Risk levels

Risk levels in women

There are three main levels that are used to describe a woman’s risk of developing breast cancer. These are used in England and Wales. Definitions in Scotland and Northern Ireland may differ.

Population risk
(or near to population risk)
If you’re in this group, your chances of developing breast cancer are about the same as the average woman.

Women in this group have a less than 17% chance of developing breast cancer in their lifetime.

Or put another way, for every 100 women in this group, up to 17 will develop breast cancer.

Women in this category are not eligible for genetic testing.

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Moderate risk
If you’re in this group, you have a higher chance of developing breast cancer than the average woman.

Women in this group have at least a 17% chance of developing breast cancer in their lifetime, but less than a 30% chance.

Or put another way, for every 100 women in this group, somewhere between about 17 and 30 will develop breast cancer.

Women in this category are not usually eligible for genetic testing.

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High risk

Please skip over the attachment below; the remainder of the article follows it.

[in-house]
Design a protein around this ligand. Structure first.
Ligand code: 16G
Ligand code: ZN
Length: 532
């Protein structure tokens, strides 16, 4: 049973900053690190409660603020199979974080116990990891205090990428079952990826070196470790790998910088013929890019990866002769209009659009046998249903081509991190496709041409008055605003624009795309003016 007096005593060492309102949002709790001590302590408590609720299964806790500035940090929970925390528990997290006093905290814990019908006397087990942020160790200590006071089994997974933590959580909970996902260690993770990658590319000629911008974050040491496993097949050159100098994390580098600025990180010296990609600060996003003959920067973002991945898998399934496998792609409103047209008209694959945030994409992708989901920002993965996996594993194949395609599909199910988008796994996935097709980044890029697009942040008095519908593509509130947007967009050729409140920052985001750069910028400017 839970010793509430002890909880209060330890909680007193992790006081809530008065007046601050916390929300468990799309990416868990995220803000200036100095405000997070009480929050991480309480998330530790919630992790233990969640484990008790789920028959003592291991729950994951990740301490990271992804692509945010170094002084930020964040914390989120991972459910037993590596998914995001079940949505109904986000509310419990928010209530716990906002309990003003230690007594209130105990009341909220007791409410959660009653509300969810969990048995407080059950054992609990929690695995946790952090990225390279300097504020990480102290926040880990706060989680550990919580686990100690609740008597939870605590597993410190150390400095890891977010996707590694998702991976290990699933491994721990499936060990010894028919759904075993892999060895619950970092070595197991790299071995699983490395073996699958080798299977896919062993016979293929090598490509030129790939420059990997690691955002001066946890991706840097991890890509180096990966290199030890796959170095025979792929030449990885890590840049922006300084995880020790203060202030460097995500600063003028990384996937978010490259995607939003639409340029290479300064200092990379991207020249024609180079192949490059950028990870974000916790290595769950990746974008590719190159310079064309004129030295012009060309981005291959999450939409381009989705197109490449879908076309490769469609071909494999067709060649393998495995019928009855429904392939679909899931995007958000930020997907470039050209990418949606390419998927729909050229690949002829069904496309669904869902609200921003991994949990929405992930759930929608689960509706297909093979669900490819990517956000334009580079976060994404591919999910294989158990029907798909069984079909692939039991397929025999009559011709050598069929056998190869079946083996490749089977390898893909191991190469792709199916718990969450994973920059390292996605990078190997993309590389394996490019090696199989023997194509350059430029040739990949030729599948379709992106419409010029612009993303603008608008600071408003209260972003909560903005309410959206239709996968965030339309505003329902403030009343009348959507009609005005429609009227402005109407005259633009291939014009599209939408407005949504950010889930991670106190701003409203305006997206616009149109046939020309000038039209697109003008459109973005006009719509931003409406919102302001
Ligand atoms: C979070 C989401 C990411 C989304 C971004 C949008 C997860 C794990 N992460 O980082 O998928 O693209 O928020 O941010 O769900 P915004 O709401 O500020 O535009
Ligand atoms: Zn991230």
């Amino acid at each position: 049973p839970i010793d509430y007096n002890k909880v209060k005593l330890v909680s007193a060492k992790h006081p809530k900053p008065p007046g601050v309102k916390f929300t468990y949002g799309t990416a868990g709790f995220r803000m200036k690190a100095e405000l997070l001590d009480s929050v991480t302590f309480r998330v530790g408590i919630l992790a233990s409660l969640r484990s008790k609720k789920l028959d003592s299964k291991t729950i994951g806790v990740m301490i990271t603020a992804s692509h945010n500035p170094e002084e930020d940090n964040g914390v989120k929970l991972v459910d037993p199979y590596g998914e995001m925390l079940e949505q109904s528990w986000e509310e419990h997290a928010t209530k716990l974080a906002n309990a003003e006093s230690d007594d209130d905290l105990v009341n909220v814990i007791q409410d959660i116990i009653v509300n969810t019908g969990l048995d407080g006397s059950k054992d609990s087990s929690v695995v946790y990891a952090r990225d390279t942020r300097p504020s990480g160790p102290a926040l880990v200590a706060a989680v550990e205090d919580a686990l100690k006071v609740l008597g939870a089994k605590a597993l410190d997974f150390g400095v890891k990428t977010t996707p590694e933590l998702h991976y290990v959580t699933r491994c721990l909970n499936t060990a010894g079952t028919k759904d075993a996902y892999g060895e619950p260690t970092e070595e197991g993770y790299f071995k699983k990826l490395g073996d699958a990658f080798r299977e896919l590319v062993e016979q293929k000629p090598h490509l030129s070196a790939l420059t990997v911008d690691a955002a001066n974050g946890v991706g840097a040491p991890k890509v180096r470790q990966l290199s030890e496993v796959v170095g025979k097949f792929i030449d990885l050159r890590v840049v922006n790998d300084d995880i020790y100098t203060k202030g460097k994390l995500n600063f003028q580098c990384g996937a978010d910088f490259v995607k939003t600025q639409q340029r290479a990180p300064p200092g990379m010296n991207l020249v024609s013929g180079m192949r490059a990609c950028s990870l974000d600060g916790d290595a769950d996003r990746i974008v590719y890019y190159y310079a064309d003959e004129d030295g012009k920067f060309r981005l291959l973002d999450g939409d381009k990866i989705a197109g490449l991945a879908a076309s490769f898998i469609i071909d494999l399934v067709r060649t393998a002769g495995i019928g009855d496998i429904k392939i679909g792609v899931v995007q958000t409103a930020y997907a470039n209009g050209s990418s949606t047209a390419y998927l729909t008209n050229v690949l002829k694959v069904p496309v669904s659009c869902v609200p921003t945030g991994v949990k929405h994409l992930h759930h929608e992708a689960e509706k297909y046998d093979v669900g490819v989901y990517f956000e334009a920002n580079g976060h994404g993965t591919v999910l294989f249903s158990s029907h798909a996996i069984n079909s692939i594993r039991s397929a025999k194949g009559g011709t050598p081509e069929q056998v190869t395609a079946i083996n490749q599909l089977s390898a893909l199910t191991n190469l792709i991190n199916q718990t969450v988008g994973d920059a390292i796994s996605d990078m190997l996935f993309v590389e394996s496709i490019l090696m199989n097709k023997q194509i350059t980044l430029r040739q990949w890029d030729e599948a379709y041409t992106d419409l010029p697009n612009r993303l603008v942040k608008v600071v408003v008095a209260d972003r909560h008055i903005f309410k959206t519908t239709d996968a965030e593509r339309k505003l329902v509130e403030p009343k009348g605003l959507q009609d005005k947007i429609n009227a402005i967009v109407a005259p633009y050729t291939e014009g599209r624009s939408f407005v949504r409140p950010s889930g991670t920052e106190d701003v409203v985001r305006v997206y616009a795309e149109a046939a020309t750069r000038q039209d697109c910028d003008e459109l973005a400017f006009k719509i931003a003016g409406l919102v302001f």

If you’re in this group, you have a much higher chance of developing breast cancer
than the average woman.

Women in this group have a 30% or greater chance of developing breast cancer, and it can be as high as 85%.

Or put another way, for every 100 women in this group, somewhere between about 30 and 85 will develop breast cancer.

Women in this category are often eligible for genetic testing, but this will depend on the estimated chance of them carrying faulty breast cancer genes.

This group includes known BRCA1, BRCA2 and TP53 mutations and rare conditions that carry an increased risk of breast cancer such as Peutz-Jegher syndrome (STK11), Cowden (PTEN) and familial diffuse gastric cancer (E-Cadherin).

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Risk levels in men

There are no set risk categories for men, and the categories used for women don’t apply. Men with the highest risk of developing breast cancer still have a lower risk than the average woman in the UK.

Your specialist will still be able to estimate your chances of carrying faulty genes, and this can be used to determine whether you are eligible for genetic testing, which you can then choose to have if you like. In some cases, genetic testing can confirm whether or not you have a faulty breast cancer gene.

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